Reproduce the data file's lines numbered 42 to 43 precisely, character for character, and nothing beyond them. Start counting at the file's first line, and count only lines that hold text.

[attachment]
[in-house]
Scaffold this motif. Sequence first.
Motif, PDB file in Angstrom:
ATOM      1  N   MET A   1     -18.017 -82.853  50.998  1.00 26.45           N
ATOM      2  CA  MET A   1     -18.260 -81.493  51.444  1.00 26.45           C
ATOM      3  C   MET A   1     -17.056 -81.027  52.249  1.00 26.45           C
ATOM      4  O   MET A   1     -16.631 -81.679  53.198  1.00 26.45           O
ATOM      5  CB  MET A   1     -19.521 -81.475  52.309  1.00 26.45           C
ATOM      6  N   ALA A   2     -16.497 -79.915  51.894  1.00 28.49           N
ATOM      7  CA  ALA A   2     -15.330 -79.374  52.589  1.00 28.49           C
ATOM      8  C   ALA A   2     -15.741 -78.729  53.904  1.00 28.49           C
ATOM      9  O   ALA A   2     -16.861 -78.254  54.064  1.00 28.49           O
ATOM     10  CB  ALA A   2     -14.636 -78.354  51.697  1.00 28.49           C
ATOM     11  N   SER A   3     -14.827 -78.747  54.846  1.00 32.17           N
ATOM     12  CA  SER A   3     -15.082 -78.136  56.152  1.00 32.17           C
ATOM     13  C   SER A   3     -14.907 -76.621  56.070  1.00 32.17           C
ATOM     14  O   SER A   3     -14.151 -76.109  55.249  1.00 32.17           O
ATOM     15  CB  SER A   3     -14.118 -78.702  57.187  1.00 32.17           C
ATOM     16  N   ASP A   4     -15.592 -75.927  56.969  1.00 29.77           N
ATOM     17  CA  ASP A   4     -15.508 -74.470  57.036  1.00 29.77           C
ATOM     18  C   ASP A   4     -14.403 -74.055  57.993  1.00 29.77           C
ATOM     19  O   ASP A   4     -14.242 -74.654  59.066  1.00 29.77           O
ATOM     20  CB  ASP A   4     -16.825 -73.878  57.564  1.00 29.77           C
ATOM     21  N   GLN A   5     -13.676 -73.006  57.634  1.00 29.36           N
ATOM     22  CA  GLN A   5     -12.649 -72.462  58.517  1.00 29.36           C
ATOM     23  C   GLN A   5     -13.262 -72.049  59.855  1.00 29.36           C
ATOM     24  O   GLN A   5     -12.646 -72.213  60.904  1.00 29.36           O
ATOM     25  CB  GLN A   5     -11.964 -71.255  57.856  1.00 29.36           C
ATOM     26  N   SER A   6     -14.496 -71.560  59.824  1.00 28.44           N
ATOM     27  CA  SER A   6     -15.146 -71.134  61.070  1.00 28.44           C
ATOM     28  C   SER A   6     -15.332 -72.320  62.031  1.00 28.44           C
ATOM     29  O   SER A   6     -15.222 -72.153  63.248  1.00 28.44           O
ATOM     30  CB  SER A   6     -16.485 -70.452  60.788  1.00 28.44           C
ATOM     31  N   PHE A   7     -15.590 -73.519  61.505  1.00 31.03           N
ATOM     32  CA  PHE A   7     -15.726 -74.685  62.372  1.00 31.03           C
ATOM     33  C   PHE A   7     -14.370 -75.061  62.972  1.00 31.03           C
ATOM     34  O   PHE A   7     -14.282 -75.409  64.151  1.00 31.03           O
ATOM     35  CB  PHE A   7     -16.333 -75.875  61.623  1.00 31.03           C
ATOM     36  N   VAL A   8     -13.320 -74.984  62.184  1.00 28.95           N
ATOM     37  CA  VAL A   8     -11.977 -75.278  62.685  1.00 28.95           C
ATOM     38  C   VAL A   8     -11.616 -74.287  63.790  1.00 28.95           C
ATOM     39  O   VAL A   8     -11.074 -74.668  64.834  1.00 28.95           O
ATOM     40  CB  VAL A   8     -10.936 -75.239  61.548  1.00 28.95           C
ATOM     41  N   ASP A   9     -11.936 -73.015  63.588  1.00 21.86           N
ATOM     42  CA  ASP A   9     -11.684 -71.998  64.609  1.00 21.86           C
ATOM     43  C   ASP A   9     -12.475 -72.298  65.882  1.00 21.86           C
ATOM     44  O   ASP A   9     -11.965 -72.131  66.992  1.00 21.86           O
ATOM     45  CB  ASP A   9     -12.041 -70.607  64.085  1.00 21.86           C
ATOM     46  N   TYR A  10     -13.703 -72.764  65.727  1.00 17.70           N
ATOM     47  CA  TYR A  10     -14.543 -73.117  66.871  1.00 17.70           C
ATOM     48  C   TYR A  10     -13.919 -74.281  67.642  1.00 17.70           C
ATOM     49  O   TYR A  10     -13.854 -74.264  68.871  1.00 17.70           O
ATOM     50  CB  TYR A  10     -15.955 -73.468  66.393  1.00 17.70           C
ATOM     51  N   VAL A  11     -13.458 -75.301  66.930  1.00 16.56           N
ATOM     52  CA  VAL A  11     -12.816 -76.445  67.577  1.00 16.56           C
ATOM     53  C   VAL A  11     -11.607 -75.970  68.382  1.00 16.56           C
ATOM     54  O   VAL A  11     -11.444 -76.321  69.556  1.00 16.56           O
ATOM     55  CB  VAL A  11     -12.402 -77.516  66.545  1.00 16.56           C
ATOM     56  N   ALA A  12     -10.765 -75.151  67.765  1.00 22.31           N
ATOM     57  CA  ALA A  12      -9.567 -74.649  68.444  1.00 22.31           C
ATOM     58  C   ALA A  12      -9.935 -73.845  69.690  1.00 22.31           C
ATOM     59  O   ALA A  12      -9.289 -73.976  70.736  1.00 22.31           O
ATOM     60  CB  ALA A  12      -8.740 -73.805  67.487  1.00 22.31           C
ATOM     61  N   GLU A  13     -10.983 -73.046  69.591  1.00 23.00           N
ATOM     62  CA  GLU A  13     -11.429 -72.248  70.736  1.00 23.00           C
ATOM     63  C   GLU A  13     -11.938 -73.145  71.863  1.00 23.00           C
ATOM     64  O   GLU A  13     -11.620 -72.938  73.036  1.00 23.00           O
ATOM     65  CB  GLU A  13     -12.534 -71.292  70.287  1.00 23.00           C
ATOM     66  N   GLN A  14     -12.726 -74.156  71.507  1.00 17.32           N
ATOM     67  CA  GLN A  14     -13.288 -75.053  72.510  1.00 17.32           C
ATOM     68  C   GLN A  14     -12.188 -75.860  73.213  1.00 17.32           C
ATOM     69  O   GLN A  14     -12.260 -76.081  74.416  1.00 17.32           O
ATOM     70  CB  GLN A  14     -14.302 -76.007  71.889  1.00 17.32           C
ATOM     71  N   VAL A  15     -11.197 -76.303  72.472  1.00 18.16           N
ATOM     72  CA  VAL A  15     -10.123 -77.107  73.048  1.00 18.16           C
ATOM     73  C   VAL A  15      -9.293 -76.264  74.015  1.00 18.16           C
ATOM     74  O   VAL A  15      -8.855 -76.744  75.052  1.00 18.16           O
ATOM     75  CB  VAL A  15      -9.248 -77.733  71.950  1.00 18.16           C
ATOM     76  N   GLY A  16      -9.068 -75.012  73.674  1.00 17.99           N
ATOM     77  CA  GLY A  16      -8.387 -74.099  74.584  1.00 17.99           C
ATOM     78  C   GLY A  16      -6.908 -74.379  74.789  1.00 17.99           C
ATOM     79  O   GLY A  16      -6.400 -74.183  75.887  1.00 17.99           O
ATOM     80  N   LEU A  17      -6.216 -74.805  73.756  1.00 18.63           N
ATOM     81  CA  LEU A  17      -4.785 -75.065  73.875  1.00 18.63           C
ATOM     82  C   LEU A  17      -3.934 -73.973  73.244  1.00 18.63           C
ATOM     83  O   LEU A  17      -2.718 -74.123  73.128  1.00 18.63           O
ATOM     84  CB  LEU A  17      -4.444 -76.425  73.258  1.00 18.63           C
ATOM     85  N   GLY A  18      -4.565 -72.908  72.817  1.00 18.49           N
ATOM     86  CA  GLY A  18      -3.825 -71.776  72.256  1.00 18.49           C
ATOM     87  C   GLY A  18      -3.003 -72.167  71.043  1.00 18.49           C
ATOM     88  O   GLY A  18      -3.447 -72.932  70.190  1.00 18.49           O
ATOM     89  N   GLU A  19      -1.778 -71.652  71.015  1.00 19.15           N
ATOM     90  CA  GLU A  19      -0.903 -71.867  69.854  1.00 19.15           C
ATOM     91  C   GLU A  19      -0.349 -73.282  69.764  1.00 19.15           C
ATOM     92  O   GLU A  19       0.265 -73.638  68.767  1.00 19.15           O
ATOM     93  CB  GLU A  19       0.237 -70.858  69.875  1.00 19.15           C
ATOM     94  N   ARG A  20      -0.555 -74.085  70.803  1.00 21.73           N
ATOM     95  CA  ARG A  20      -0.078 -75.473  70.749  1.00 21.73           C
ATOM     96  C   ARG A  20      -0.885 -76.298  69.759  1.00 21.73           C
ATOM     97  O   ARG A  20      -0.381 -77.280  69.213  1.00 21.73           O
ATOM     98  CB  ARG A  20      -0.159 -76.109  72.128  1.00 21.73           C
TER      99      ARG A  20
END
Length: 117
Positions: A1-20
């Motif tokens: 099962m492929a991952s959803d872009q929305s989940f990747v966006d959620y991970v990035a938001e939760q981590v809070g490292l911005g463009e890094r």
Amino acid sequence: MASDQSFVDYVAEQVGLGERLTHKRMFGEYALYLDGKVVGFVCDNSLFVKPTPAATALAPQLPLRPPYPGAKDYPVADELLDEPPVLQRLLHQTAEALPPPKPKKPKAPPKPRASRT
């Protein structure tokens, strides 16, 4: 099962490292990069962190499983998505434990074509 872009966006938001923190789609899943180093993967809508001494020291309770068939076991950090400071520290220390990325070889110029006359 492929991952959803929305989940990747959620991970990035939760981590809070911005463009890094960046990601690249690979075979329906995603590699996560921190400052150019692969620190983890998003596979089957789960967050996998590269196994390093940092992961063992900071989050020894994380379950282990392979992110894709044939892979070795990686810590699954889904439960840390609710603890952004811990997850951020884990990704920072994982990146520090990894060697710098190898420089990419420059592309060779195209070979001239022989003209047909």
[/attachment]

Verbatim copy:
ATOM     39  O   VAL A   8     -11.074 -74.668  64.834  1.00 28.95           O
ATOM     40  CB  VAL A   8     -10.936 -75.239  61.548  1.00 28.95           C